Biogenic isoprene was discovered in the mid-1950s as a component of volatile substances emitted from leaves. In plant species emitting isoprene under illumination, this process is closely related to photosynthesis. Thus, a photobiological phenomenon termed “isoprene effect” or isoprene emission (IE) was discovered. Subsequent studies showed that leaves are capable of releasing isoprene also in darkness, though at a rate two orders of magnitude lower than that in illuminated leaves. It is presently known that the isoprene is emitted not by all plant species from various taxonomic groups, whereas the dark release of isoprene occurs in cells of all living organisms. This review presents a brief historical account of studies dealt with IE. A special emphasis is placed on the roles of light as an energy source and of CO2 as a carbon source; these factors create the energy–metabolite flow that runs through the green photosynthesizing cell. The data available suggest that IE can be considered as a manifestation of excretory function of the leaf. An attempt is made to describe IE from the standpoint of thermodynamics of irreversible processes. It is shown that the cell represents a dissipative structure whose organization and stability is provided by irreversible processes running far from equilibrium. General view on isoprene emission is that it results from regulated conversions of carbon and free energy in a series of photosynthetic reactions under stressful conditions caused by CO2 deficit inside illuminated autotrophic cells. This stress generates the energy overflow, far in excess of the energy-consuming capacity. The necessity of discharging this energy excess is dictated by the fact that the living cell is a dissipative structure.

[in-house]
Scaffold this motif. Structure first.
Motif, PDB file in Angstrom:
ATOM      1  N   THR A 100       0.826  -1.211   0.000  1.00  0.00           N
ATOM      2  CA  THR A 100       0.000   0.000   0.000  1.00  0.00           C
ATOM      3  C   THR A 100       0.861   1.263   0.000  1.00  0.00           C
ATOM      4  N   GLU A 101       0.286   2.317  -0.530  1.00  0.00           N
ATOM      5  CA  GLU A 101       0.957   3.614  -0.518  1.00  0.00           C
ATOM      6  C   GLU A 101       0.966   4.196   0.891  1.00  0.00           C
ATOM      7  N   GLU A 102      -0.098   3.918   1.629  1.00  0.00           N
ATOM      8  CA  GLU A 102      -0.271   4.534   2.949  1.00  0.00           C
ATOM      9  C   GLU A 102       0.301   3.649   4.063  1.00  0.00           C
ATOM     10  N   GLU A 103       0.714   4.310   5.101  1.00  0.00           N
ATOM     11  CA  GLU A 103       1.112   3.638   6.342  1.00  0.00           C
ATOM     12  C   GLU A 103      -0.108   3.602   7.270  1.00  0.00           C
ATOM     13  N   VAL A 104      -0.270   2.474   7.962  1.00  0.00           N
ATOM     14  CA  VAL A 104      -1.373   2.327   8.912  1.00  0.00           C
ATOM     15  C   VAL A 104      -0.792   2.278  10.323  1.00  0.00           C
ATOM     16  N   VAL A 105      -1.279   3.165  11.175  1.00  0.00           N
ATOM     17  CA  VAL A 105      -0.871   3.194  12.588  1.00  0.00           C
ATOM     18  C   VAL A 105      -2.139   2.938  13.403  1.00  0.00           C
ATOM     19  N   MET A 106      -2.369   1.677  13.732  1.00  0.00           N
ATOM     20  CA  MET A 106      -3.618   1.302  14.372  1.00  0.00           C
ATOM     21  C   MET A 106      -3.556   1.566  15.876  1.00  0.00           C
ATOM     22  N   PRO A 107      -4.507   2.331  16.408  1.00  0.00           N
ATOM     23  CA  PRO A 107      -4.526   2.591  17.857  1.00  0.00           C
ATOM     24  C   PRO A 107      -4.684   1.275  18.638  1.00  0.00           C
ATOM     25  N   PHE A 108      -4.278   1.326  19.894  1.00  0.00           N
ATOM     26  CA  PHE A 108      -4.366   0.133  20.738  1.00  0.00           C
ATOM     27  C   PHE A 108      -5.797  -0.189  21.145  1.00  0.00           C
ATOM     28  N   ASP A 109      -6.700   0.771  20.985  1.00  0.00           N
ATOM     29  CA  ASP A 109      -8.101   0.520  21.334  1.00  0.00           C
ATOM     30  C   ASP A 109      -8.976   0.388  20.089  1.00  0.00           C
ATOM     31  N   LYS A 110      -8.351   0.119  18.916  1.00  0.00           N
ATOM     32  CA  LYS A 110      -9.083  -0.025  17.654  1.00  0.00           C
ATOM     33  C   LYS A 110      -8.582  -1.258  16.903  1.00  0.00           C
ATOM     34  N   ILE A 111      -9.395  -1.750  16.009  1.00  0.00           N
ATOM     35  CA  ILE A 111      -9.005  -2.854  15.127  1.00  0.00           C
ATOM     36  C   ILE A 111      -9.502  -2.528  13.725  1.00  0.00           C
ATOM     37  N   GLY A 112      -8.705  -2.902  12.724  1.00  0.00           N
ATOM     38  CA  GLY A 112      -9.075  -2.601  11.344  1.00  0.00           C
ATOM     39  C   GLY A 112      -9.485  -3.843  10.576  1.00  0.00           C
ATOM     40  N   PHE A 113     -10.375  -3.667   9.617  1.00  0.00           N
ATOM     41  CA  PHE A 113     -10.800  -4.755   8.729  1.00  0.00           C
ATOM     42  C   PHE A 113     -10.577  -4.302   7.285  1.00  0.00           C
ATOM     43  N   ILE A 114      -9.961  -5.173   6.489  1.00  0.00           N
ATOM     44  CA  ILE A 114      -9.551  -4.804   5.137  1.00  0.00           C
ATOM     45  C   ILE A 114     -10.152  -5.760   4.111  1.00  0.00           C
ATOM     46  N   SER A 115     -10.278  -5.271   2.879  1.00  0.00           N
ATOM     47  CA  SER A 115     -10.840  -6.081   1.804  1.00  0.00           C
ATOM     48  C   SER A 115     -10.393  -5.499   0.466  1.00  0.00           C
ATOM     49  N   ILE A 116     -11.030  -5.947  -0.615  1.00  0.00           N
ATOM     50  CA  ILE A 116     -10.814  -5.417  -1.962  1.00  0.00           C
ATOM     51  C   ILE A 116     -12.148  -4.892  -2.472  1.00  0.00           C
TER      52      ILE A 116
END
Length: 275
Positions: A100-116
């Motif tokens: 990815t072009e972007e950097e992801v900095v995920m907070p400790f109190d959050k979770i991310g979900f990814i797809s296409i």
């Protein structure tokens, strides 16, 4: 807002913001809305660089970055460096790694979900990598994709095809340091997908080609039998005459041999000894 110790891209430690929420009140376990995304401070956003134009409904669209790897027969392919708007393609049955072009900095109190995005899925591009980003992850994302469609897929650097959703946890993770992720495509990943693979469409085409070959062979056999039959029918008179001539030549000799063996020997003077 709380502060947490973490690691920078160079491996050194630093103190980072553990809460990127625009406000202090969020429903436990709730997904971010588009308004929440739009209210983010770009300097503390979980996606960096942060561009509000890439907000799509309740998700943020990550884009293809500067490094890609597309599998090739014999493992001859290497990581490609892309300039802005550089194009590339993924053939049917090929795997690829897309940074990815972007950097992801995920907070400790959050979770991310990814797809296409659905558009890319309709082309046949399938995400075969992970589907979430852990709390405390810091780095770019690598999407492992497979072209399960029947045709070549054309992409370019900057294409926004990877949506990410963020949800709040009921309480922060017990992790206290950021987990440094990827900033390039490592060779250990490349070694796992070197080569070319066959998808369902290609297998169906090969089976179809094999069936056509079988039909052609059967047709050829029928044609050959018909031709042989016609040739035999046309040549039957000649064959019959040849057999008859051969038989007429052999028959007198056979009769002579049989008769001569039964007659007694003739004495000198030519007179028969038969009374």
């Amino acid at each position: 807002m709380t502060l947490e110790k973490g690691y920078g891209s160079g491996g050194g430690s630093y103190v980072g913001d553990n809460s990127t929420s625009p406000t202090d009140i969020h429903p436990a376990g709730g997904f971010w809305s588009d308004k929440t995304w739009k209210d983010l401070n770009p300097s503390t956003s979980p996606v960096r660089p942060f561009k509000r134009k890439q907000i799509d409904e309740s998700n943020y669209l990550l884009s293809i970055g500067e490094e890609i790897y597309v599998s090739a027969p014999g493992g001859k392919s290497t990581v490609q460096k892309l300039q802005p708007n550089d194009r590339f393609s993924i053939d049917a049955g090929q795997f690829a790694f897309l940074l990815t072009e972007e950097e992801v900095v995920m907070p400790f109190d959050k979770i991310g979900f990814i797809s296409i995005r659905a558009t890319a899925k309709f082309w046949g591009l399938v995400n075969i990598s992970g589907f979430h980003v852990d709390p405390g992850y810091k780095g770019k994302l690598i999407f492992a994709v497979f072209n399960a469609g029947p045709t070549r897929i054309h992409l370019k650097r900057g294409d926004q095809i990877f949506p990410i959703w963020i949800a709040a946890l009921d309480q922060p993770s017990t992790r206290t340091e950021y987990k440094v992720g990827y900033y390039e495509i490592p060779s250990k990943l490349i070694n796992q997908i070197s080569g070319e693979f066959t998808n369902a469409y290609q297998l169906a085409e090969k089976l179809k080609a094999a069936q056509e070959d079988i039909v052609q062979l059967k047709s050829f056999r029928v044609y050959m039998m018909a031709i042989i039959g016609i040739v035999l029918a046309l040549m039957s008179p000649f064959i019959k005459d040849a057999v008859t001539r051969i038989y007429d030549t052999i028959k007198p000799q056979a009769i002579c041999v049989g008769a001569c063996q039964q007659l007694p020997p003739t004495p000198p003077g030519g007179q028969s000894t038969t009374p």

Russian Journal of Plant Physiology – Springer Journals
Published: Dec 23, 2004
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